If the queen begins producing eggs in sufficient numbers to lead the masses to believe the hive is out of danger, the workers may tear down the supercedure cells, if not then the queen will be superseded.
I would not try to get fancy, I would not worry about harvesting queen cells or doing splits, You are new and I think it is ridicules to even offer such advise to someone who is dealing with their first package. Watch the hive weekly and follow it's course. As long as you see eggs in the center of cells you are fine. The nice thing about supercedure is that the superseding queen is so closely related to the reining queen that one continues to bolster the hive while the other is bred and begins laying. It is even possible for both of then to occupy the hive together indefinitely.
 

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Discussion Starter · #5 · (Edited)
Imagine yourself as a nurse bee who's whole purpose in life is to care for brood, you and several thousand of your nurse buddies, along with several thousand foragers have been shaken into a package, your queen taken away, and a new one is now present. for three days you rumble 2/3 way across the country [in my case, the ENTIRE way across the country!], then are shaken into a hive, for another 3 days or so all you could do is clean and prepare comb for the next generation. For a week you have seen no brood, the Pheromones of brood and eggs is gone from the hive and you wonder if you are queenless. The faint aroma of eggs occurs occasionally but not in sufficient amounts for the thousands awaiting to care for the precious future of your line. it is your life's mission! Soon you begin to make sense of all this. Our queen is failing! she is unable to produce ample eggs to allow the colony to grow, you and several other nurse bees spring into action and build queen cells around some of the remaining eggs before they are all gone. and that is what is happening,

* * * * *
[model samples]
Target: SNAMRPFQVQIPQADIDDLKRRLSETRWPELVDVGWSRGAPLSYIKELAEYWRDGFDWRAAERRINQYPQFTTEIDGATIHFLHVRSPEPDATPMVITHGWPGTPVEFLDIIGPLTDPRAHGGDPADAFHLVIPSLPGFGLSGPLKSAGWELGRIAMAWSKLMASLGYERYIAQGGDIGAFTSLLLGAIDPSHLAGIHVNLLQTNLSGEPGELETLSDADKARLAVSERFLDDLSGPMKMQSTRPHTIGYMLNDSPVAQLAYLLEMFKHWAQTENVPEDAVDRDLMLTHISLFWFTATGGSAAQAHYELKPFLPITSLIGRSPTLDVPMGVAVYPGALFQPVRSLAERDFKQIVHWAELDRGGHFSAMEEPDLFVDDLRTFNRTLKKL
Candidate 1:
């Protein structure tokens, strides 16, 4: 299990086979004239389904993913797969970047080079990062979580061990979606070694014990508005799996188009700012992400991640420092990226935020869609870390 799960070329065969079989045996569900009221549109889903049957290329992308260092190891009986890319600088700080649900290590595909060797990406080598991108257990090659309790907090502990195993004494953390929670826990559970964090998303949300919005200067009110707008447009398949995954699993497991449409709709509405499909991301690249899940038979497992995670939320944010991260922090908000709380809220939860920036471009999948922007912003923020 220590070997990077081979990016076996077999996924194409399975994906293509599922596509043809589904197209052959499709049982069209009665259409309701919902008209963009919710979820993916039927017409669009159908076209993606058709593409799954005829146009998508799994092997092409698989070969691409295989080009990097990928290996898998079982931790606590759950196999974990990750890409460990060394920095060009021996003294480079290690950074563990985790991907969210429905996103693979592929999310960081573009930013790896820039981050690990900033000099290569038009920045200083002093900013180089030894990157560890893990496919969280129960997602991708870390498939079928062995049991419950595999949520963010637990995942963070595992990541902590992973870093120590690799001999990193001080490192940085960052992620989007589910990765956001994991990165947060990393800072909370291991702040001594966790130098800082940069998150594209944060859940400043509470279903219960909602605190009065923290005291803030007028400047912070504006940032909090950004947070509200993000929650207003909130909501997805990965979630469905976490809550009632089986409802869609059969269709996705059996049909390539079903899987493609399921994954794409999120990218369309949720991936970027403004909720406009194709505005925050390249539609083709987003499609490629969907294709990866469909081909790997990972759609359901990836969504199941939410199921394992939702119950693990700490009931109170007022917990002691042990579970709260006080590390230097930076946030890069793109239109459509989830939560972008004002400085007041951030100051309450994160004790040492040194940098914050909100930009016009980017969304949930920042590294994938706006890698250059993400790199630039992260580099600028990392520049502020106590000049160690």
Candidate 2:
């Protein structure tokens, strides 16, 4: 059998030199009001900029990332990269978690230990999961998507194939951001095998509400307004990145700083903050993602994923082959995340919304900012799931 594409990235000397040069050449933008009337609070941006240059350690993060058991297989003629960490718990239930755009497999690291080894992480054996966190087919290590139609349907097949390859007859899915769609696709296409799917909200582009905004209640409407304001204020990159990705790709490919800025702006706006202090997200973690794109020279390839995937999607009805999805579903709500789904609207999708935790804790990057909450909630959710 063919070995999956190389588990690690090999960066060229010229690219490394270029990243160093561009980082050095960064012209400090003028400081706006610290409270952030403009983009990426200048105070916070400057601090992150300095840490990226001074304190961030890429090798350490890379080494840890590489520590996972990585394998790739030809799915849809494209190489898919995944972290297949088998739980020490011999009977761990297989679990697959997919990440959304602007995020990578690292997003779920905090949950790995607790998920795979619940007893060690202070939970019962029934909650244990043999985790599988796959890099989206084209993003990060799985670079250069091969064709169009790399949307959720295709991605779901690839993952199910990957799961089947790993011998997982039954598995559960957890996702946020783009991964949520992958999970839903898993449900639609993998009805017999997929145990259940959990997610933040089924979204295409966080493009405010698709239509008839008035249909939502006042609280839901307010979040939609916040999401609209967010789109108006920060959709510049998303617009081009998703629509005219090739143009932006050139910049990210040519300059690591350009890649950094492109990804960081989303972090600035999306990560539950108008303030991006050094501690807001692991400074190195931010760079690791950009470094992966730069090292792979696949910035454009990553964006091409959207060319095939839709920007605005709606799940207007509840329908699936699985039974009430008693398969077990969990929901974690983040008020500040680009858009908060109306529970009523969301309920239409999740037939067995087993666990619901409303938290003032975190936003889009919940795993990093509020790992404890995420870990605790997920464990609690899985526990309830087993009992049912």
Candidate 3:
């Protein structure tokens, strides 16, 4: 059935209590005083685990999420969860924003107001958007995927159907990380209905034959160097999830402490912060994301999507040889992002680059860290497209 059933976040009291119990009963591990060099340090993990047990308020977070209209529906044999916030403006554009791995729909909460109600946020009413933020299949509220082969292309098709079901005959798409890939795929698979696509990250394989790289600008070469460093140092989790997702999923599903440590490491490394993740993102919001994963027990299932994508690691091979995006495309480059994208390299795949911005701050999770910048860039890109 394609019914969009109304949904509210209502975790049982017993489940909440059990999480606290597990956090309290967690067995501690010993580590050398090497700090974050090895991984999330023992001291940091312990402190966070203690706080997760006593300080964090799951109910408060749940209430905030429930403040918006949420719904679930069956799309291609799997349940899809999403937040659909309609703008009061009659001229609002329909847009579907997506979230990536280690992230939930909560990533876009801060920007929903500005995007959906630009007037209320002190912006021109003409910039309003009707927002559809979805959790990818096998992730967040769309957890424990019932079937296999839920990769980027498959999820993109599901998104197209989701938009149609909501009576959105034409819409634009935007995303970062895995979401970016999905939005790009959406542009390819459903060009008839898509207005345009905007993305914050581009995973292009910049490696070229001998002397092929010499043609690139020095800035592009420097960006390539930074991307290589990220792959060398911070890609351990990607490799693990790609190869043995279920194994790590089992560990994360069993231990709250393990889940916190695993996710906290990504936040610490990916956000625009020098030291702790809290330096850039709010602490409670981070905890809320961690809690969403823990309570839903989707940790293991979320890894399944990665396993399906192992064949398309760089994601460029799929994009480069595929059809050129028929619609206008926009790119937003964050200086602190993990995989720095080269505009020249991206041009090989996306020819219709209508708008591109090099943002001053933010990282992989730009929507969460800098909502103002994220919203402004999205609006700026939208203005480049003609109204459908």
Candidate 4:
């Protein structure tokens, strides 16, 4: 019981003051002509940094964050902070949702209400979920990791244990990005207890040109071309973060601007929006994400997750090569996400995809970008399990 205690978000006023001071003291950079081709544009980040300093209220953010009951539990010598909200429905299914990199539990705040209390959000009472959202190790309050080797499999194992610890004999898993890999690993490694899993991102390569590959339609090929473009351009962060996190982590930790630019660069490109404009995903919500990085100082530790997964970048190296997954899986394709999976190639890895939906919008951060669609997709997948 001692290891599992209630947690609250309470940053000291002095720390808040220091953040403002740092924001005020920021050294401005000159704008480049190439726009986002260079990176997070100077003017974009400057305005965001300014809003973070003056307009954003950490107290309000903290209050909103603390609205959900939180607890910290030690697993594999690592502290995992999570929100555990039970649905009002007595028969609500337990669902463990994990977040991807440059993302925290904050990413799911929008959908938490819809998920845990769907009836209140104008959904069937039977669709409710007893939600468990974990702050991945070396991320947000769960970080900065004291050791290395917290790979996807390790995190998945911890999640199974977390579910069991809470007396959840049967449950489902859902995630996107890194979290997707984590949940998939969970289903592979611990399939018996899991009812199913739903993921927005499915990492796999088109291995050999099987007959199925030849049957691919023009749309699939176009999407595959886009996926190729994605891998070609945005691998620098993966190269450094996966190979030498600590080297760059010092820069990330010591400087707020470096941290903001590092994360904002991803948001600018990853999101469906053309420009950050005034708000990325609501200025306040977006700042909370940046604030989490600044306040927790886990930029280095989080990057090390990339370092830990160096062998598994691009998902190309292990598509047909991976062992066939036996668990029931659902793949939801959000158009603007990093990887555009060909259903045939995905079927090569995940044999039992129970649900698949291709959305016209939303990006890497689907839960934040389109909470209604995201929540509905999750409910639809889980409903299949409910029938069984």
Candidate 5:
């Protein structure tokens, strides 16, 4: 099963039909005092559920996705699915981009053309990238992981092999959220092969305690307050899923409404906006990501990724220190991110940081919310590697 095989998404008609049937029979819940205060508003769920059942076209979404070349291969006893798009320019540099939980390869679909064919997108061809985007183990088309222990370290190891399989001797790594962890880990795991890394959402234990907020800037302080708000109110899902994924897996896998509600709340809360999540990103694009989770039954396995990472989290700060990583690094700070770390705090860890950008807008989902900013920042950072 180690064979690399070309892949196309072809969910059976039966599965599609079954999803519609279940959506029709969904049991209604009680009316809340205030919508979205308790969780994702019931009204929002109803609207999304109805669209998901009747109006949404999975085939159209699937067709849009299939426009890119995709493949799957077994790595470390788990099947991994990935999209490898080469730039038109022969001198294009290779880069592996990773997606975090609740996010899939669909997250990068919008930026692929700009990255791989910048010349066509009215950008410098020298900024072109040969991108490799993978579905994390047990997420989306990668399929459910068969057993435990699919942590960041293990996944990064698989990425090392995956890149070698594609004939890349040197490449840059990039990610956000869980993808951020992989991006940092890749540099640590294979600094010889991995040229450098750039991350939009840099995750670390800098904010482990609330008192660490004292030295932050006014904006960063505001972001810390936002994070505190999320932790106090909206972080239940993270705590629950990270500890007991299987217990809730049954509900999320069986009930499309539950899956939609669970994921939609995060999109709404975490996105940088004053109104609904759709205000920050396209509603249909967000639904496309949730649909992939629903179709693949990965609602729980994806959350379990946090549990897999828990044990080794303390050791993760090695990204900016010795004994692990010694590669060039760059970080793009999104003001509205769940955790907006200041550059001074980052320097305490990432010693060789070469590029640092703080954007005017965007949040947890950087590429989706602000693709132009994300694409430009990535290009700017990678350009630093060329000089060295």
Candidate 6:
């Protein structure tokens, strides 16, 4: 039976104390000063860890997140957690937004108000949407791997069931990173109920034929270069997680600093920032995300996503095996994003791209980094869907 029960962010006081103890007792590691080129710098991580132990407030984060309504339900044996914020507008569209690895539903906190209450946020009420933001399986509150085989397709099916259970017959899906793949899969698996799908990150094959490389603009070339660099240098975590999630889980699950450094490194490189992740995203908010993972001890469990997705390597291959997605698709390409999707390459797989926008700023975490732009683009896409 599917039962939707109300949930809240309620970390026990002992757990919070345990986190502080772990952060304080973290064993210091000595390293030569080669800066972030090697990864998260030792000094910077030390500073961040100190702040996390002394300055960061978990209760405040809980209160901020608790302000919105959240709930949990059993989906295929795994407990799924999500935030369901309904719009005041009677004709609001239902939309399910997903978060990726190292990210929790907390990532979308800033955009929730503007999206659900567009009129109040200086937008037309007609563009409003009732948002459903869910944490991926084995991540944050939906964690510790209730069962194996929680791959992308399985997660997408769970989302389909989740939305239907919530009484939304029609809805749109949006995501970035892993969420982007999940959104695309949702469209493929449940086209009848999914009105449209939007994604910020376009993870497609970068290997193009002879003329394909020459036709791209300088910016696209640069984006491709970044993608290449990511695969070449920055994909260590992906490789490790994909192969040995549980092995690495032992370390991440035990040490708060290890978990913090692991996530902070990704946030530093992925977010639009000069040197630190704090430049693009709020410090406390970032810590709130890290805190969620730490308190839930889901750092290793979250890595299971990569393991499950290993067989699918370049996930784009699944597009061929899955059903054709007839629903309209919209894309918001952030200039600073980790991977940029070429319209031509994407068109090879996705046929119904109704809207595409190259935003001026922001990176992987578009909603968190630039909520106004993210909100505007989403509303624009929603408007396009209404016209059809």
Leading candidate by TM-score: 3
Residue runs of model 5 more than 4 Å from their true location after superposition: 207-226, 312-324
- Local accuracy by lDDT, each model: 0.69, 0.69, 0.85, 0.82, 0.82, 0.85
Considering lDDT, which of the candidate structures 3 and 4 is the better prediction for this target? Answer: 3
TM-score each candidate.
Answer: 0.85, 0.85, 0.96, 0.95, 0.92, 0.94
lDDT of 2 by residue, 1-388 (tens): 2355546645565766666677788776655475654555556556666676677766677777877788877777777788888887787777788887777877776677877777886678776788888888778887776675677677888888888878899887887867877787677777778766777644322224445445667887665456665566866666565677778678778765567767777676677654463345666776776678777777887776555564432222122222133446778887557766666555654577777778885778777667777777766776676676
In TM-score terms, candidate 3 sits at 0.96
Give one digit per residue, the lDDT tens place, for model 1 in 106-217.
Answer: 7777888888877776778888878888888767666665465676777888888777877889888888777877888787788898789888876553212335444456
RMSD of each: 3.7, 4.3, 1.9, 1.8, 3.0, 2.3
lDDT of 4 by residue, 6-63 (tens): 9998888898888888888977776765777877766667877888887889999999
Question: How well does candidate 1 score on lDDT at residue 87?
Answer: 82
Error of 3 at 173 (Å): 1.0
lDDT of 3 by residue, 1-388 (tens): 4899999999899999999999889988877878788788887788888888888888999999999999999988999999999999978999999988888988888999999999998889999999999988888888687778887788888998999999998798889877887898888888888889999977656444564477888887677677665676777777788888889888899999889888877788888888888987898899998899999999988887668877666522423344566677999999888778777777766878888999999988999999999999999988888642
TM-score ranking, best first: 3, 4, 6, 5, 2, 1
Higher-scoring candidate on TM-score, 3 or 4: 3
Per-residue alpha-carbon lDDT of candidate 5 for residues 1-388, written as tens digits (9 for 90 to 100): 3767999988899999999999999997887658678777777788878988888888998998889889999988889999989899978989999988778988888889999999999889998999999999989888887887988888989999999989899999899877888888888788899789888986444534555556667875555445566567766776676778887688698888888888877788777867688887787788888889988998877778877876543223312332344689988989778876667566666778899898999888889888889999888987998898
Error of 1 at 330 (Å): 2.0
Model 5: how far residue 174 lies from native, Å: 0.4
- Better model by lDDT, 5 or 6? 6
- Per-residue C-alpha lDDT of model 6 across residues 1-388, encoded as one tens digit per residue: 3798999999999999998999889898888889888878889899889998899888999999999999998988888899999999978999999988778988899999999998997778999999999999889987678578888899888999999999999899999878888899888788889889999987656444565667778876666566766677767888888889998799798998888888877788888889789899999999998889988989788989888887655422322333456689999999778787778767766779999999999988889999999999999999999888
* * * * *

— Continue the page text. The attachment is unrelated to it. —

If the queen begins producing eggs in sufficient numbers to lead the masses to believe the hive is out of danger, the workers may tear down the supercedure cells, if not then the queen will be superseded.

I would not try to get fancy, I would not worry about harvesting queen cells or doing splits, You are new and I think it is ridiculous to even offer such advice to someone who is dealing with their first package. Watch the hive weekly and follow it's course. As long as you see eggs in the center of cells you are fine. The nice thing about supercedure is that the superseding queen is so closely related to the reigning queen that one continues to bolster the hive while the other is bred and begins laying. It is even possible for both of them to occupy the hive together indefinitely.
Wow! What an awesome response! I love the story from a bee's perspective. It makes so much sense. Something tells me that you've told this story to many newbies like me. If not, I'm glad we've captured it for others as well. I especially like your message of hope that there could be two queens. That's just incredible. As I mentioned in my post, this is not just about making honey. We are thrilled to see this fascinating feat of nature occurring right in our backyard, so I'm happy to be patient and see how nature takes its own course.